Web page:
Many American Jews like to think of Israelis as their brothers and sisters. In reality, Israelis are more like distant foreign cousins, quite distinct not only in language but more importantly in culture and values. “Israel is not the state of all its citizens,” declared Benjamin Netanyahu before the recent elections. “Israel is the nation state of the Jewish people, and it alone.” The notion that a country can exclude a quarter of its citizens from its own definition is eccentric by any measurement, but most certainly is diametrically opposed to those truths that most Americans hold to be self-evident.
The key problem, only obliquely addressed in this book by Atalia Omer, professor of religion, conflict and peace studies at the University of Notre Dame, is that Israel is a democracy and, with an election turnout of nearly 69 per cent, Netanyahu’s Likud won more Knesset seats than any other party in the recent April election. Despite the fact that the Israeli attorney general has recommended that Netanyahu be indicted in three separate corruption cases on charges of fraud, bribery and breach of trust, many voters went to the polls and endorsed not only their serving prime minister but his entire worldview based on promoting fear and supporting occupation and even annexation of the conquered territory they call Judea and Samaria.
Omer is one of very many American Jews who have felt their love fade away to outright opposition as they confront the stark reality of contemporary Israel. For her, this situation is even more complex, since she grew up in Jerusalem but has lived in the US for the past two decades. Although she is disgusted by the never-ending occupation of the West Bank and the turn to the right in Israeli politics, being Jewish is central to her life. She thus counts herself fortunate to have found a progressive, non-Zionist prayer group, and indeed too much of the book reads like an infomercial for her band of like-minded seekers of Jewish spirituality. Omer, and others like her, may find solace in a DIY spiritual Judaism that accentuates the positive. Other American Jews who are not so inclined may find that, without religious observance or Zionism, there is not much left to pass on to their children.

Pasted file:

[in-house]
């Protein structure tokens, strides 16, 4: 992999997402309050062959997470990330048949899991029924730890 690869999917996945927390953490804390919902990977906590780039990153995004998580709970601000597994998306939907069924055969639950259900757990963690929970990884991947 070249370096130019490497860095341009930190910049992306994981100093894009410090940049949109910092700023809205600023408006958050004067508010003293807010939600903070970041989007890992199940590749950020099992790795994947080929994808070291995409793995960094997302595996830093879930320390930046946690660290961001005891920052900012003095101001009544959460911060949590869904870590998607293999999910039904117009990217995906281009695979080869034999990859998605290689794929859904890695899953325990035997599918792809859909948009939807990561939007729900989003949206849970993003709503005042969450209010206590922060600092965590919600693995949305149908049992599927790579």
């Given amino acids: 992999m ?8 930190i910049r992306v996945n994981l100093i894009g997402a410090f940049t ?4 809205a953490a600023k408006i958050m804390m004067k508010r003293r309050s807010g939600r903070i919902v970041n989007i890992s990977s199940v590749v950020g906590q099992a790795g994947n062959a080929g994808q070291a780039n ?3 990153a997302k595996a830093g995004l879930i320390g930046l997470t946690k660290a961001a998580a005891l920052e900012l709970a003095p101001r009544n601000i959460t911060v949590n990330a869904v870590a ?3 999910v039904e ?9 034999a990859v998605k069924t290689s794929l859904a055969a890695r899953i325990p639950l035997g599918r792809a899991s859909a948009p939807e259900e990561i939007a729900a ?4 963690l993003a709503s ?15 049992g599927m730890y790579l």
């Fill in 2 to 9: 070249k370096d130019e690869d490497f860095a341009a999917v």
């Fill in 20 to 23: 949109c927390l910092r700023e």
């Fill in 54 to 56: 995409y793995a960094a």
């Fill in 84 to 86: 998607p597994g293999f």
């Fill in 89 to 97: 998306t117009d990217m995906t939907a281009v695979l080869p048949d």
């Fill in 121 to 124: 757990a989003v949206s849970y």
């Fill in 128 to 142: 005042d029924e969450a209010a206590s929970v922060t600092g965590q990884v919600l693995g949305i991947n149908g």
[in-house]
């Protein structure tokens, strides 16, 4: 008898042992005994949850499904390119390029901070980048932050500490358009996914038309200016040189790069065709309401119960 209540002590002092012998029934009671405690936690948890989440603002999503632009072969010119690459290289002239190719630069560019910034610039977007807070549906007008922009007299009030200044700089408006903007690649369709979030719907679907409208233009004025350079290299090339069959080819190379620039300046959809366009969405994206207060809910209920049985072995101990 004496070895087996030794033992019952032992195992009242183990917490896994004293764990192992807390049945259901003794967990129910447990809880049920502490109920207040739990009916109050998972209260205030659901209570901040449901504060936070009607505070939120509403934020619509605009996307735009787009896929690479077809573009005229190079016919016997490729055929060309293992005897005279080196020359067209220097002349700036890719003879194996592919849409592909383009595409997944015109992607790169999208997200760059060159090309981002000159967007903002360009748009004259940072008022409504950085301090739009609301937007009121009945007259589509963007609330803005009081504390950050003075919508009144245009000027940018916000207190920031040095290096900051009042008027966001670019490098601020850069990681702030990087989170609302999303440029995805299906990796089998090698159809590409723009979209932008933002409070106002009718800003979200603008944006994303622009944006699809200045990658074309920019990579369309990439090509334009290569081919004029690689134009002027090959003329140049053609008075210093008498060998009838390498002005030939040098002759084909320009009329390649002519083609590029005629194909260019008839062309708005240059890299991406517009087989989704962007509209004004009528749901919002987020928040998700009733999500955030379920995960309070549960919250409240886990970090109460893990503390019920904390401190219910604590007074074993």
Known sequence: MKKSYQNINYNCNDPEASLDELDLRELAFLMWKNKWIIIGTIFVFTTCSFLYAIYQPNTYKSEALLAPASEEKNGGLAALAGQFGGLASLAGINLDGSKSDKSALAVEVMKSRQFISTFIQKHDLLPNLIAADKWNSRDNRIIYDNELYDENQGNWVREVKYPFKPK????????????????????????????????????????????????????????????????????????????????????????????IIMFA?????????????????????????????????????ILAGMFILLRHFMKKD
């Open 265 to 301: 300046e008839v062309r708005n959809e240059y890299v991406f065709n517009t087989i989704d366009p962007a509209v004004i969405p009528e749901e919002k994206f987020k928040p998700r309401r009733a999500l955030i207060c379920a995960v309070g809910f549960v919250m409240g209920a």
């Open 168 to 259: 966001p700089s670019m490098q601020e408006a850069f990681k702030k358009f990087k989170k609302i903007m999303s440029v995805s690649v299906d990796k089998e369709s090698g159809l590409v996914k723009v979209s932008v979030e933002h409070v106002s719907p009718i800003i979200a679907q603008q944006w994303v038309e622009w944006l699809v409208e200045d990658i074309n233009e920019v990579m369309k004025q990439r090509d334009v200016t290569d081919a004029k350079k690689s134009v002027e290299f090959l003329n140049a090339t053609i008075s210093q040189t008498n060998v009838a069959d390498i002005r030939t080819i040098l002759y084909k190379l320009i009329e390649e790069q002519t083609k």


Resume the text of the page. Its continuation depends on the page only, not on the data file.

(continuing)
Omer goes into great detail about various American Jewish left-wing groups, their activities and their marginalisation by larger, more mainstream Jewish organisations that regard any criticism of Israel as a fundamental moral outrage bordering on antisemitism. While remaining a profoundly personal document, the book is also an academic sociology text, and is repetitious, baggy, littered with jargon, infelicitous writing, endless “unpackings” and “interrogations”, and nods to all the usual suspects – Michel Foucault, Pierre Bourdieu, Emmanuel Levinas, Edward Said, Judith Butler – as well as endorsements of favourite people in her personal circle. Ultimately, it is a very sad book, because no matter how moving one finds that Yom Kippur sermon at the non-Zionist shul, no matter how inspired one feels about the kids who disrupt the narrative promoted on Birthright tours for American Jewish teenagers, you can’t change Israel from a perch in South Bend, Indiana.
David S. Katz holds the Abraham Horodisch chair for the history of books at Tel Aviv University in Israel. He is writing a book on William James as historian of religion.
Days of Awe: Reimagining Jewishness in Solidarity with Palestinians
By Atalia Omer
University of Chicago Press, 368pp, £82.54 and £27.00
ISBN 9780226615912 and 6070
Published 21 May 2019
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